4. 4. Challenging Environment of an Urbanizing World Rolling incense sticks to support family income
  5. 5. Unhealthy Living Environment
  6. 6. Approach # 1a: Mapping Helps Inclusion of Unlisted Slums/Clusters SLUM NUMBER POPULATION LISTED 102 455923 UNLISTED 85 216935 TOTAL 187 672858 LOCATION OF SLUMS Meerut City 6Spatial city mapping of vulnerable clusters integral strategy of NUHM
  7. 7. Community groups in slums prepare maps to a) Ensure that no family is left out from lists used for housing, food subsidy, entitlements; b) Track access to health services e.g. Immunization and ANC , HIV testing, c) Help identifying and providing services/linkage to recent migrants Approach:1 (b) Demonstrate uses of Neighborhood Mapping 7
  8. 8. Approach 2: Demand side strategies  Cluster teams of Women’s Groups:  Slum-Community/Women’s Groups as agents of change  Cluster teams or Congress of slum women’s groups gives stronger voice and greater negotiation power Women’s groups are Mahila Arogya Samitis mandated in NUHM 1 1NUHM Framework for Implementation, May 2013
  9. 9. Network of slum-based community groups in Indore and Agra UHRC Indore/Agra Training, Monitoring, Supervision & problem solving Training, Monitoring, Supervision & problem solving • Project coordinator • Field coordinators Linkage with Civic Authorities Linkage with Civic Authorities  8 to 23 women groups in a large slum cluster  10-14 members per group  30 to 70,000 slum population per cluster team 5 Cluster teams 7-37 members (1 per group) (has office bearers, bank account, registered NGO) • Grant to cluster team • Programme Monitoring • Grant to cluster team • Programme Monitoring UHRC Delhi
  10. 10. Approach 3: Building skills, self- reliance and confidence  Collective Social Needs Savings and Loans: for Health and related Emergency, Child Education, Starting a small business, purchasing food grains, Marriage, getting assets back from money lenders This approach is a mandated in NUHM as ‘revolving community fund’1 1NUHM Framework for Implementation, May 2013
  11. 11. Utilization of loans from Women’s Groups Data from collective savings registers of 125 women’s groups in Agra and Indore during April‐13 to March‐14 shows that of the 3327 loans given:  925 loans (27.8%) for health needs, of which 550 loans served maternal‐child health needs, and 375 loans served other health needs  531 loans (15.96%) helped overcome challenges that interrupt or lead to drop-out in children’s education  524 loans (15.74%) helped start/expand livelihoods  424 loans (12.74%) helped store grains at harvest time, a measure to address food insecurity during low (or no) wage-earning times  221 loans (6.64%) supported girl marriages  302 loans (9.07%) enabled repaying money‐lender debts  190 loans (5.71%) were used for grocery/ kitchen expenses  210 loans (6.31%) enabled house improvements, land lease, toilet construction Data from collective savings registers of 125 women’s groups in Agra and Indore during April‐13 to March‐14 shows that of the 3327 loans given:  925 loans (27.8%) for health needs, of which 550 loans served maternal‐child health needs, and 375 loans served other health needs  531 loans (15.96%) helped overcome challenges that interrupt or lead to drop-out in children’s education  524 loans (15.74%) helped start/expand livelihoods  424 loans (12.74%) helped store grains at harvest time, a measure to address food insecurity during low (or no) wage-earning times  221 loans (6.64%) supported girl marriages  302 loans (9.07%) enabled repaying money‐lender debts  190 loans (5.71%) were used for grocery/ kitchen expenses  210 loans (6.31%) enabled house improvements, land lease, toilet construction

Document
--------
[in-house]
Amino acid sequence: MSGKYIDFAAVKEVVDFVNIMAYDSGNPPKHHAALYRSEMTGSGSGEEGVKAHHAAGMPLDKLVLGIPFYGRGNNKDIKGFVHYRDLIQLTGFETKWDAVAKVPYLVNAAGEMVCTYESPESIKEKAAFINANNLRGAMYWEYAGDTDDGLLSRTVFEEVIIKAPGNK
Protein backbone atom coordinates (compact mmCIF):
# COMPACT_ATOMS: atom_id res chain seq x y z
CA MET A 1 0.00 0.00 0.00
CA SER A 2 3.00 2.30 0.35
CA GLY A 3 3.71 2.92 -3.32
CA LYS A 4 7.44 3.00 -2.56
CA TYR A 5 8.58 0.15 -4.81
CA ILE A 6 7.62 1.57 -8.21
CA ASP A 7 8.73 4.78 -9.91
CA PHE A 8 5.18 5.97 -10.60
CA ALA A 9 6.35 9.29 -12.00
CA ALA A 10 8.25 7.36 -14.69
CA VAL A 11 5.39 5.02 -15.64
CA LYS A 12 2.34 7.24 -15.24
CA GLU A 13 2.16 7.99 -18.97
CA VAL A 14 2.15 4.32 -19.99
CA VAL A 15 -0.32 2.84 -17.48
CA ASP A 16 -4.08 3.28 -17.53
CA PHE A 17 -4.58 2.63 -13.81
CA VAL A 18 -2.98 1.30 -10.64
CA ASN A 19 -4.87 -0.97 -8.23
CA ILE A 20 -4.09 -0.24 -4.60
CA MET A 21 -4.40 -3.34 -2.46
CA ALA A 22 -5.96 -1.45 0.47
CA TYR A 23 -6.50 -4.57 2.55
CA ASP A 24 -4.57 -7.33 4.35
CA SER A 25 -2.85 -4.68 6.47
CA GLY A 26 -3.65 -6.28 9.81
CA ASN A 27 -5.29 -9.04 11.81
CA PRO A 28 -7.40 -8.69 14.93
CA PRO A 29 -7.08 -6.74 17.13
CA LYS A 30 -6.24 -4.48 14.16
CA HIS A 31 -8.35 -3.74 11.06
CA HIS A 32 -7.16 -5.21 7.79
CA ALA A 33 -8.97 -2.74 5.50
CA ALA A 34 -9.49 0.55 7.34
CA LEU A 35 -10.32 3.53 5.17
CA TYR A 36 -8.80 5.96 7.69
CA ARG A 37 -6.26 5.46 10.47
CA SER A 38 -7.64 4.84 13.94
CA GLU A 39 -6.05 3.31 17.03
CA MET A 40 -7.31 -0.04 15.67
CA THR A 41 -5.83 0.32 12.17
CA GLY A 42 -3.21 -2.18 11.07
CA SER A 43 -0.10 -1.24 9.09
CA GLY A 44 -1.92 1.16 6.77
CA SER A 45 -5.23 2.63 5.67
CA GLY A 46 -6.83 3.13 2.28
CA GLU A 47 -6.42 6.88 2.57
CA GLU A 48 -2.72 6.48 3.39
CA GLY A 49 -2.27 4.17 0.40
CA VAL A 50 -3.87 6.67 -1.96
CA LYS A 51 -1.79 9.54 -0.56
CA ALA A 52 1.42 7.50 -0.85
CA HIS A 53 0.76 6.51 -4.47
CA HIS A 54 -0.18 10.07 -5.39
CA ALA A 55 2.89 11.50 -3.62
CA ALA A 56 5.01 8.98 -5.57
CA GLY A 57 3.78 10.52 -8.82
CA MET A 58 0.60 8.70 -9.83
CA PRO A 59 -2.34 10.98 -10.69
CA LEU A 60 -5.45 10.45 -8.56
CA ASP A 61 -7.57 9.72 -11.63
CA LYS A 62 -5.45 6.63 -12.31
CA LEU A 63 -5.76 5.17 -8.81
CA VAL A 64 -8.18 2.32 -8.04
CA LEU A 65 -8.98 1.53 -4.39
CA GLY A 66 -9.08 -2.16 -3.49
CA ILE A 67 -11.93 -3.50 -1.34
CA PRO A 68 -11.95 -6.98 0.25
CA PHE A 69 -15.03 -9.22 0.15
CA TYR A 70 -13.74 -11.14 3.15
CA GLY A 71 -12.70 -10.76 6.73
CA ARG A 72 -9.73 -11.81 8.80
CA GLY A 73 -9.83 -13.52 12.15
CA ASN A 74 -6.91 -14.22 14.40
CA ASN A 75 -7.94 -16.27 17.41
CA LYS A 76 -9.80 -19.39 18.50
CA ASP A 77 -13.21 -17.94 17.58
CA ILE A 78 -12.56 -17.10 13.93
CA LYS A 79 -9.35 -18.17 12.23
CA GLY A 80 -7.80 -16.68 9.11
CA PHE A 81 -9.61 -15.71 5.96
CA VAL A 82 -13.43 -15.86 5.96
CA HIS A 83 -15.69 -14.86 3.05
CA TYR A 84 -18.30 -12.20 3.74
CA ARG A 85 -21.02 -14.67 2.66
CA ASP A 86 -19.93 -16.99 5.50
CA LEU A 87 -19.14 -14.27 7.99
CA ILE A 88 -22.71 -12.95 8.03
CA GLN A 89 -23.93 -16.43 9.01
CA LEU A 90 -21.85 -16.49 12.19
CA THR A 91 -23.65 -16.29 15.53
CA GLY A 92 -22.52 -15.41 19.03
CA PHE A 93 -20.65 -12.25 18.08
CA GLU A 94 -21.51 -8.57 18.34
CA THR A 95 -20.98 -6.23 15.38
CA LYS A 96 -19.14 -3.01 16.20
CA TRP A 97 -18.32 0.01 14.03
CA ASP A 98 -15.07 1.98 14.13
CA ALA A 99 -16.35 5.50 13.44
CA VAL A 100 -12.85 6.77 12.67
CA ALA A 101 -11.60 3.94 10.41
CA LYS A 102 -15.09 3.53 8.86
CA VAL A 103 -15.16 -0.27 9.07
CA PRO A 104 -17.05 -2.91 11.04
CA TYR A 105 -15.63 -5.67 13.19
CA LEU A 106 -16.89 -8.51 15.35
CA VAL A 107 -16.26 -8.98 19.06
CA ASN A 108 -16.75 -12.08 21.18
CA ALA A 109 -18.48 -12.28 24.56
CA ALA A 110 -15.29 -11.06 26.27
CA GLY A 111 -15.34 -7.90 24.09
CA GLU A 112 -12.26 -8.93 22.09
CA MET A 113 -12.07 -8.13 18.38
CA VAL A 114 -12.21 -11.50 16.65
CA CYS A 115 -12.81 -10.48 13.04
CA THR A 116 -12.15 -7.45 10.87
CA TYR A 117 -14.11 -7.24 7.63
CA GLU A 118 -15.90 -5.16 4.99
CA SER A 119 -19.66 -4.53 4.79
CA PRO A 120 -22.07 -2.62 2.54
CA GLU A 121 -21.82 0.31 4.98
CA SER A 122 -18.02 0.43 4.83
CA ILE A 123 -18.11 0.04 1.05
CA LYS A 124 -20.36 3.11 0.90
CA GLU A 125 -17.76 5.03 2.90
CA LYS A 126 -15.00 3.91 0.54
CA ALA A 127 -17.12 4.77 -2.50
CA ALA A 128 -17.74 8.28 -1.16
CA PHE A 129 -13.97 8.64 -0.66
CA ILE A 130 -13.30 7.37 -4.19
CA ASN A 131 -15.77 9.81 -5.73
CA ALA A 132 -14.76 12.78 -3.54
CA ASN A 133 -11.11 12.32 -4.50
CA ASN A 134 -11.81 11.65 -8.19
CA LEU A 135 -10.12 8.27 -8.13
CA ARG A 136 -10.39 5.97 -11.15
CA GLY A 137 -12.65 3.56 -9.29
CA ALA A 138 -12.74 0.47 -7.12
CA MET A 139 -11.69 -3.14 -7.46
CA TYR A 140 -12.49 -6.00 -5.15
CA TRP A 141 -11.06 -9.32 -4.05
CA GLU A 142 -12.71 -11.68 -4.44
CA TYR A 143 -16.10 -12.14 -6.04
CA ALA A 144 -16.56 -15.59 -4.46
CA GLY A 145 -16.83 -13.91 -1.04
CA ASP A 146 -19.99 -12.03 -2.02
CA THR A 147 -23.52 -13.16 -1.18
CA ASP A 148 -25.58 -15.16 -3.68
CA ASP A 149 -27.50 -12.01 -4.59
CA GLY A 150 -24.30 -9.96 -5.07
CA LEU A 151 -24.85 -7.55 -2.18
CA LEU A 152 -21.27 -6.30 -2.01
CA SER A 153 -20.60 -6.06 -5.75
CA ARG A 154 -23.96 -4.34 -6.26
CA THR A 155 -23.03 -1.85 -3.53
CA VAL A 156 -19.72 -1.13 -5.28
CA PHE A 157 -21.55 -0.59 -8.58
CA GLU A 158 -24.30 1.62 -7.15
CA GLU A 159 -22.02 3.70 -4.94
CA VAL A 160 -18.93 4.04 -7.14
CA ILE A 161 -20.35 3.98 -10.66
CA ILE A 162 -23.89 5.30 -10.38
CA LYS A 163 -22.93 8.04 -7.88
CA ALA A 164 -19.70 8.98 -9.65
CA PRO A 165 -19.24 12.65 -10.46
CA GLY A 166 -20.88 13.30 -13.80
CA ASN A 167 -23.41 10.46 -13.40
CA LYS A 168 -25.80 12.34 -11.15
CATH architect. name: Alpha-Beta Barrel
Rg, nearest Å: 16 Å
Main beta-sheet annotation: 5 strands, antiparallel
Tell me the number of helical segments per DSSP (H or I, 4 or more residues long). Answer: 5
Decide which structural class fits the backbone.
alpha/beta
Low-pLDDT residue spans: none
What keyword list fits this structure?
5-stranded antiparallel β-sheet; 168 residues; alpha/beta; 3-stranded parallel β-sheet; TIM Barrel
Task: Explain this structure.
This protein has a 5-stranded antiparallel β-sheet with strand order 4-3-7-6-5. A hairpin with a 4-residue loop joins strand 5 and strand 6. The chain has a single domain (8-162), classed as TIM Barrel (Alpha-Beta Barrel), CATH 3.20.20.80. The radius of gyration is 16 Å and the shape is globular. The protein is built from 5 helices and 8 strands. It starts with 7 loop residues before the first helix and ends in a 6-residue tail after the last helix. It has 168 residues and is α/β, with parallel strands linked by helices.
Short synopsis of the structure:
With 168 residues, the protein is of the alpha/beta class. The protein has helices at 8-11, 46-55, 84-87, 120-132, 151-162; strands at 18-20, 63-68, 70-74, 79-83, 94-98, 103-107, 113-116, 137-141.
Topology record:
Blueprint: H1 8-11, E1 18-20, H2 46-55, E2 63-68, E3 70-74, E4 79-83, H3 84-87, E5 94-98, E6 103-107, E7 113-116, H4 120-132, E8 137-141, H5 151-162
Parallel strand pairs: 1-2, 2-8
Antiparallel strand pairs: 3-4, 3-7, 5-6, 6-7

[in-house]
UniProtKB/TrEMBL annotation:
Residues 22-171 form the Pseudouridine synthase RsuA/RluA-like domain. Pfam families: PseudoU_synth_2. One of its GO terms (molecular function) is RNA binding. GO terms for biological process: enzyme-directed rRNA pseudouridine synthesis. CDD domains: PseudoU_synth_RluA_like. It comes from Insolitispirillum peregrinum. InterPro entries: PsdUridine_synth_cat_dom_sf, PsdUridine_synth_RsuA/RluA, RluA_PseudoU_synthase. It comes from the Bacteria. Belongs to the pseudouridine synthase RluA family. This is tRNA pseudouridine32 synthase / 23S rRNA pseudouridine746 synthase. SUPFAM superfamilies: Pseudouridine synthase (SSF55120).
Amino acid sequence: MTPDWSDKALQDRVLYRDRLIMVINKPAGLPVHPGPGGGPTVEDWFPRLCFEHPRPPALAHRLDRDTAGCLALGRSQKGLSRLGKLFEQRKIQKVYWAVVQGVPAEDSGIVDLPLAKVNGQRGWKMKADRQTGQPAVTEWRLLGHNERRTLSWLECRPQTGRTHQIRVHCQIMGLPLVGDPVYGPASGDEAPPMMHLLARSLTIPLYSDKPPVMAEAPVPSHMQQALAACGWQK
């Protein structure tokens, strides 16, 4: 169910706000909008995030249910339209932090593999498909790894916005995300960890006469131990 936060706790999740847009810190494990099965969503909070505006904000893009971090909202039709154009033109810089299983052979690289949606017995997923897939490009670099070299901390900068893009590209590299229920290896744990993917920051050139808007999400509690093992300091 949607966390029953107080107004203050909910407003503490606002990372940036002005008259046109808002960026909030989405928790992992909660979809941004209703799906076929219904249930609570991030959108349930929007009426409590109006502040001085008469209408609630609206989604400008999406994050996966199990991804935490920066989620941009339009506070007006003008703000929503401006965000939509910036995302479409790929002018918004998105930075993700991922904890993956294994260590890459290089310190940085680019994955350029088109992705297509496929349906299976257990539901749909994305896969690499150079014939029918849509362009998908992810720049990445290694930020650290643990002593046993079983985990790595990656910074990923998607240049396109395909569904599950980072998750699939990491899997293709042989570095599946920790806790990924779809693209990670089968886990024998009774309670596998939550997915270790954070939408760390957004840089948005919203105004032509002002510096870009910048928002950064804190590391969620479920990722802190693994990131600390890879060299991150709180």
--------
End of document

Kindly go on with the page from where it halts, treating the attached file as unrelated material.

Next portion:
12. 12. Skill Building, Access to Government Schemes Kamkaji Mahila Card Silai Centre
  13. 13. Approach 4: Gentle Negotiation through Collective Petitions, reminders (Written requests to officers of Health, Nutrition & Environmental Departments) Petition Response of Civic Authority
  14. 14. Letter in support of petition/request by politician Letter in support of petition/request by politician
  15. 15. Approach 5: Youth-children groups emerging as ‘Force Gen-next’ With continual mentoring, motivation Youth-children groups in slums are not only improving their own lives but also contribute to their societies in tangible ways. Promoting Hygiene, Hand-washing Youth petitions to civic authorities for streets, garbage cleaning
  16. 16. Cleaner Drains Before After During 2013-2014: 100,000 slum population benefited (Agra + Indore) from cleaning of drains
  17. 17. Electricity Connection During 2013-2014: 12000 slum population benefited (Agra + Indore) from electricity connections Before After